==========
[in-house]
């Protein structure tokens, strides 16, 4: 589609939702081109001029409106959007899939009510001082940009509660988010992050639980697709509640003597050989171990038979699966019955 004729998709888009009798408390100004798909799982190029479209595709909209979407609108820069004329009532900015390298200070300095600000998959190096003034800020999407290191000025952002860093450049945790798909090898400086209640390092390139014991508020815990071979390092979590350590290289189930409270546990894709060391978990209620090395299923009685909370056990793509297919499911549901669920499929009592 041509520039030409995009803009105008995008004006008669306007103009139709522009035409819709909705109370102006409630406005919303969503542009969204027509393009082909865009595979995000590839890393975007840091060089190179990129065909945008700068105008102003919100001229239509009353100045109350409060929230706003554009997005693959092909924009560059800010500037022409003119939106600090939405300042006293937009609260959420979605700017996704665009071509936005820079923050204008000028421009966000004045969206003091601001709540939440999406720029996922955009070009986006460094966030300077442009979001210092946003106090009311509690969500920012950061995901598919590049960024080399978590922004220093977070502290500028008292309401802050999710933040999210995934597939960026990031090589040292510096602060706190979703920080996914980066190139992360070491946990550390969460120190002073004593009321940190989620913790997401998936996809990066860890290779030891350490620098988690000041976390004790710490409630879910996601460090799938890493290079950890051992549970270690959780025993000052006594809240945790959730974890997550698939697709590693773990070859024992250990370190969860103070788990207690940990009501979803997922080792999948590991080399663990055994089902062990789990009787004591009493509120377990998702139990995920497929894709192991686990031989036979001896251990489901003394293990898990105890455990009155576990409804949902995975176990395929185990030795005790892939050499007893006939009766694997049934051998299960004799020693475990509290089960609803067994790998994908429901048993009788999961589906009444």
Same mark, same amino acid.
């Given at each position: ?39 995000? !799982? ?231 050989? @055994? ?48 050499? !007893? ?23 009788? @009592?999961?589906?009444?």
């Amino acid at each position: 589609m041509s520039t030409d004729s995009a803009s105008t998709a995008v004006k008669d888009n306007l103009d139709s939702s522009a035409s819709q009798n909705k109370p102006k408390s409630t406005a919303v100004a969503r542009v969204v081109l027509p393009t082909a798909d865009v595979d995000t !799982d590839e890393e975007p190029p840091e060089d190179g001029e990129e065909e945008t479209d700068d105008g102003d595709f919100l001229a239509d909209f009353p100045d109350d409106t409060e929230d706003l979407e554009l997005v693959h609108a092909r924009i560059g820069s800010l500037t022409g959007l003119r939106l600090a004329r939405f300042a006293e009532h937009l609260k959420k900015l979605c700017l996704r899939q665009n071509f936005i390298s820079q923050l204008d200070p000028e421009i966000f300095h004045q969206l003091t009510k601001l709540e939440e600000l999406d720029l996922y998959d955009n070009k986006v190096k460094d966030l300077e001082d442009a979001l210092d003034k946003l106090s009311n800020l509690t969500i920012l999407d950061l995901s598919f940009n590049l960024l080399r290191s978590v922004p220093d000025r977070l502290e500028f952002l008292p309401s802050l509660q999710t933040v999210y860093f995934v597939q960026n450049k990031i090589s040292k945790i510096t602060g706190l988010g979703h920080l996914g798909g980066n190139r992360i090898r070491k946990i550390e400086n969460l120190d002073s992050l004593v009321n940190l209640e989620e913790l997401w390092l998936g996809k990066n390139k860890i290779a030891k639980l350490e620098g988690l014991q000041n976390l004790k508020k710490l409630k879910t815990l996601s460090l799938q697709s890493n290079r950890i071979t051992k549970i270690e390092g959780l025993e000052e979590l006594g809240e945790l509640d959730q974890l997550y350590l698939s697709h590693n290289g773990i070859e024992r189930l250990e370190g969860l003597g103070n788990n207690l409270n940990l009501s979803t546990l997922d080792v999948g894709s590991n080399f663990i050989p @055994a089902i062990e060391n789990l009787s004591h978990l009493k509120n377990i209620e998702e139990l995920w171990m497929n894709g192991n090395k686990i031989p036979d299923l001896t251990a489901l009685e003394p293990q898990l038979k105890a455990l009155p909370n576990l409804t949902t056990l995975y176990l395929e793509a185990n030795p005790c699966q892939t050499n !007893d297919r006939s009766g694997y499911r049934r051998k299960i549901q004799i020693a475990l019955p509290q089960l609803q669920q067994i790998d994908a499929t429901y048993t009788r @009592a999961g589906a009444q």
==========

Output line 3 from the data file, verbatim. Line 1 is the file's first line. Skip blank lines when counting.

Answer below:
Same mark, same amino acid.